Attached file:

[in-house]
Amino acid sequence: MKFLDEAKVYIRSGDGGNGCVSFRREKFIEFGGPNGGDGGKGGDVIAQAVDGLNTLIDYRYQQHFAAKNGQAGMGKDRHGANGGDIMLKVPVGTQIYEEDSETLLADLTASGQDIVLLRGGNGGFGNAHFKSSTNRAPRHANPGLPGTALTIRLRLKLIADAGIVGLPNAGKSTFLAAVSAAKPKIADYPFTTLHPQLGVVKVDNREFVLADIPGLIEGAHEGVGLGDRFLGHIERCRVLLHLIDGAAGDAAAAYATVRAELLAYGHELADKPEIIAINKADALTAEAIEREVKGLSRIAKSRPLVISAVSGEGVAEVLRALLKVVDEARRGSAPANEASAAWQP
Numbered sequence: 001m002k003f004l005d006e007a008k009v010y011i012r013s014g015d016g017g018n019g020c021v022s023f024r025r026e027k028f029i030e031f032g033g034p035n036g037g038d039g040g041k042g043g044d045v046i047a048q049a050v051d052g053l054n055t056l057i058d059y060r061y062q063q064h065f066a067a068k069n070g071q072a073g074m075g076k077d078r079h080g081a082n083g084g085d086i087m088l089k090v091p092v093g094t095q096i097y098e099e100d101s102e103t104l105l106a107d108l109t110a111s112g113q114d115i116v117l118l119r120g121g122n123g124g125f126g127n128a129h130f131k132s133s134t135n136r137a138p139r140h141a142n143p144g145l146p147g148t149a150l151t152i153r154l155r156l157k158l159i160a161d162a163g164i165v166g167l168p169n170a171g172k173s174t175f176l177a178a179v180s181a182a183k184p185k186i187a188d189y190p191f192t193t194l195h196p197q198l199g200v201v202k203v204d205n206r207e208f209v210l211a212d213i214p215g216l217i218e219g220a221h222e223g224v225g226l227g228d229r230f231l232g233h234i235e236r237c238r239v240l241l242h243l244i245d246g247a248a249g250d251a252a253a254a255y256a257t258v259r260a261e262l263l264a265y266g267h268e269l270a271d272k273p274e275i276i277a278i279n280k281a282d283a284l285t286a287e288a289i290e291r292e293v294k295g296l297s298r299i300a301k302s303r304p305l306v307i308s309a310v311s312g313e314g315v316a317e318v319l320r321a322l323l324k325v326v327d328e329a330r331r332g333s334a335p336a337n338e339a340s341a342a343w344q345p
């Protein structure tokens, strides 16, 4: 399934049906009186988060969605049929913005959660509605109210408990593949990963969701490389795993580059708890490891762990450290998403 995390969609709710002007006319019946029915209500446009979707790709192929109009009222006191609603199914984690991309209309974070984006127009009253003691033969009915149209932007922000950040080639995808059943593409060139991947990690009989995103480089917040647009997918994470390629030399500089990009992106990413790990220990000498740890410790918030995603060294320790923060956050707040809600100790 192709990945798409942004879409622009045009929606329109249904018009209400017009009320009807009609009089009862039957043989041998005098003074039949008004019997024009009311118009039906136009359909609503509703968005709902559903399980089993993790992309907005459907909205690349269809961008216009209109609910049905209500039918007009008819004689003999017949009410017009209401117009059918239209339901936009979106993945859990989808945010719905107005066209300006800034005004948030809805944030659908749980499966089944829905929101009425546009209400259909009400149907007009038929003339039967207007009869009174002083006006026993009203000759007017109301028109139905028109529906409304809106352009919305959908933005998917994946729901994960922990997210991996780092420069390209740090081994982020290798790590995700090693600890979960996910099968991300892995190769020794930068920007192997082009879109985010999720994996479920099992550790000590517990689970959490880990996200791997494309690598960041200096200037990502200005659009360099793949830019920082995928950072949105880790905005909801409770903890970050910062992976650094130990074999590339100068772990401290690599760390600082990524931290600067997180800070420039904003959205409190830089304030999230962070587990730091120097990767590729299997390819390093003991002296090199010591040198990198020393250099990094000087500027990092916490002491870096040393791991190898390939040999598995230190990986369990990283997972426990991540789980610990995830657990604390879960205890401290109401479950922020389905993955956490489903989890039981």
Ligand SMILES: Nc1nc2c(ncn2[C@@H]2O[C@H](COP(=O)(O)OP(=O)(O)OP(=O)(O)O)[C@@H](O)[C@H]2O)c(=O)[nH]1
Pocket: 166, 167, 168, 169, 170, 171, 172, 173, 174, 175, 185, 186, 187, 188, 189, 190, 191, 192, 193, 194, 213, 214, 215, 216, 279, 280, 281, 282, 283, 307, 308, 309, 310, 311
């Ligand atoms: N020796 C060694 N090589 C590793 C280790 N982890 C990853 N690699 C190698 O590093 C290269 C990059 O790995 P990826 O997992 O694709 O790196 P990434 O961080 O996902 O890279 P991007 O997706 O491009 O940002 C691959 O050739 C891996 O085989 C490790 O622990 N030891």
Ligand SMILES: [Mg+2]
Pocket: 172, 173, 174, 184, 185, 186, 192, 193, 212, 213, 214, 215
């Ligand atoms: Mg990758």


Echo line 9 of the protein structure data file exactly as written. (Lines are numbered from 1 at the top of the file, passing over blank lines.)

Pocket: 172, 173, 174, 184, 185, 186, 192, 193, 212, 213, 214, 215